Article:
UK wages stagnant despite record high employment, new figures show
Real term wages are still lower than they were before the financial crisis despite record high employment, new figures show.
The UK employment rate now sits at 76.2% - a new record high but only a 0.1% increase from the start of 2019, according to Office for National Statistics (ONS) figures.
Meanwhile, average weekly pay in the year to October 2019 was 4.3% less than the pre-downturn peak of peak of £525 in February 2008, when taking inflation into account.
The modest figures come after the UK narrowly avoided a recession last month, recording the country’s slowest growth in a decade. Vacancies have also fallen yet again, dropping below 800,000 for the first time in two years.
Other positive news includes a record low employment rate for women, as well as youth unemployment falling by 50% over the last decade.
Pay is still increasing in real terms, but this growth has slowed in recent months partly due to economic uncertainty surrounding Brexit, ONS analysis suggests.
Nye Cominetti, economic analyst at the Resolution Foundation, said the rising pay and low unemployment figures would “be welcome news to the new government”.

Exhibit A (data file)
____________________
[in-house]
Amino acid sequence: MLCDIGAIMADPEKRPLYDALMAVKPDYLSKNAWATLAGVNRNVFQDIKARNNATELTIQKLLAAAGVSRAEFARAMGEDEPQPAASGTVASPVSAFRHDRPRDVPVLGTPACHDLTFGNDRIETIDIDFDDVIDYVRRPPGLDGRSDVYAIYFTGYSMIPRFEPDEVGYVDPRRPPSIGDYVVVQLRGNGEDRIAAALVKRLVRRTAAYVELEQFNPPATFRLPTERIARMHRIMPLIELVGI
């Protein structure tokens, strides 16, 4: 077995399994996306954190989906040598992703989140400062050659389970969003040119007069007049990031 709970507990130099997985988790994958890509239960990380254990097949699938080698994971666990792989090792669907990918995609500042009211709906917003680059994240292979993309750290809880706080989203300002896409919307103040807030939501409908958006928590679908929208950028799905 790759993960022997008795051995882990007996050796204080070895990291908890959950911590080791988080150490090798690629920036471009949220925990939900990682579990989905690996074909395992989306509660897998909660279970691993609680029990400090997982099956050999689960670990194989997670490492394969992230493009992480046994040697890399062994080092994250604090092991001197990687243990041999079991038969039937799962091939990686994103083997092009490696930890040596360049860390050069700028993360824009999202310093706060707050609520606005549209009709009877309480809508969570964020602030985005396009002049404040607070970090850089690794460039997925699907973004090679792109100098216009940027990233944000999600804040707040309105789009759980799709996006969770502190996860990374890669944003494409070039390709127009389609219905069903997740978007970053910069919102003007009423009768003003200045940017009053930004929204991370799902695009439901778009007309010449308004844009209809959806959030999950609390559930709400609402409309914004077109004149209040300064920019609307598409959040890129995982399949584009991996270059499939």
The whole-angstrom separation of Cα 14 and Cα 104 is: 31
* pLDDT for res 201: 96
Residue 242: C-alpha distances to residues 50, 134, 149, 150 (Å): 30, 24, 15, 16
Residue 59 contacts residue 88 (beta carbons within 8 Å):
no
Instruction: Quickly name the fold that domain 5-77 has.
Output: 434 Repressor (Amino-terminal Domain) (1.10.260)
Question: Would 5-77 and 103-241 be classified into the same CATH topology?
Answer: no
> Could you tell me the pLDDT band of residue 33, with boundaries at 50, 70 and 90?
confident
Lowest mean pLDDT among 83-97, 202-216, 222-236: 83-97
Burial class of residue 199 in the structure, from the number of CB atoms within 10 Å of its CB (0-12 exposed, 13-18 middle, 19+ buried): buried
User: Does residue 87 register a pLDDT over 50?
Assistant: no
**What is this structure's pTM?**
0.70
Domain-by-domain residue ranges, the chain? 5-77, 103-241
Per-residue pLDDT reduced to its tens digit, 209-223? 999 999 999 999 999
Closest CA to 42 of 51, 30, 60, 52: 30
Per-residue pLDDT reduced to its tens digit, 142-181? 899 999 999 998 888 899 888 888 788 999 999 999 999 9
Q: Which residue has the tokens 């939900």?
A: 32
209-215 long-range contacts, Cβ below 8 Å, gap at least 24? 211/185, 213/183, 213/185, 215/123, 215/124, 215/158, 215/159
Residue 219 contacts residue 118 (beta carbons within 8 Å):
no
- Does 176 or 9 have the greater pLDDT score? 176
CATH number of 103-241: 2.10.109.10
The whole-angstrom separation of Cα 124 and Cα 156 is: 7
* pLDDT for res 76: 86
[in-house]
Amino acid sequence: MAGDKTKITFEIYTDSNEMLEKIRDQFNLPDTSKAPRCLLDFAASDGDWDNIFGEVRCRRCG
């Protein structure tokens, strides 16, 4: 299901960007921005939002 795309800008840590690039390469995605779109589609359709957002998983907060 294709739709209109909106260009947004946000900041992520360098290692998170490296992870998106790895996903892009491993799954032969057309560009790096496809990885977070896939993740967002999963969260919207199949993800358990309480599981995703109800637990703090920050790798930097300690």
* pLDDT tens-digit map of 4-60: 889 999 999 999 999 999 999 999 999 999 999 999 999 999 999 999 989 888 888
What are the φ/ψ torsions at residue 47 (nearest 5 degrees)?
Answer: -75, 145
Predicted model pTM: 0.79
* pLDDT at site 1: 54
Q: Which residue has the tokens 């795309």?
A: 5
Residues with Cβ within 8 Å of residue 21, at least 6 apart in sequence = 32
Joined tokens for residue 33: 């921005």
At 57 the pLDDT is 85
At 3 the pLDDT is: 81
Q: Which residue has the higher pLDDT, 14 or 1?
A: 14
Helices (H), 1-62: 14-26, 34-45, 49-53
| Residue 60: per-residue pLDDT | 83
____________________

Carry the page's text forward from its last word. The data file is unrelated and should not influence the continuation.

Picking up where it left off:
But, he added: “The UK’s slowing economy has started to hit workers’ pay, reminding us that the labour market cannot be divorced from wider developments. “Remarkably, British workers are reaching the end of the decade with their pay packets stretching no further than they did at the end of the last decade.”
However, Sajid Javid, Chancellor of the Exchequer, was positive about the ONS’s findings.
He said: “There’s talent up and down this country – three quarters of employment growth in the last year has been outside London and the South East. “I’m looking forward to getting Brexit done and unleashing Britain’s potential, levelling up opportunity across the country.”
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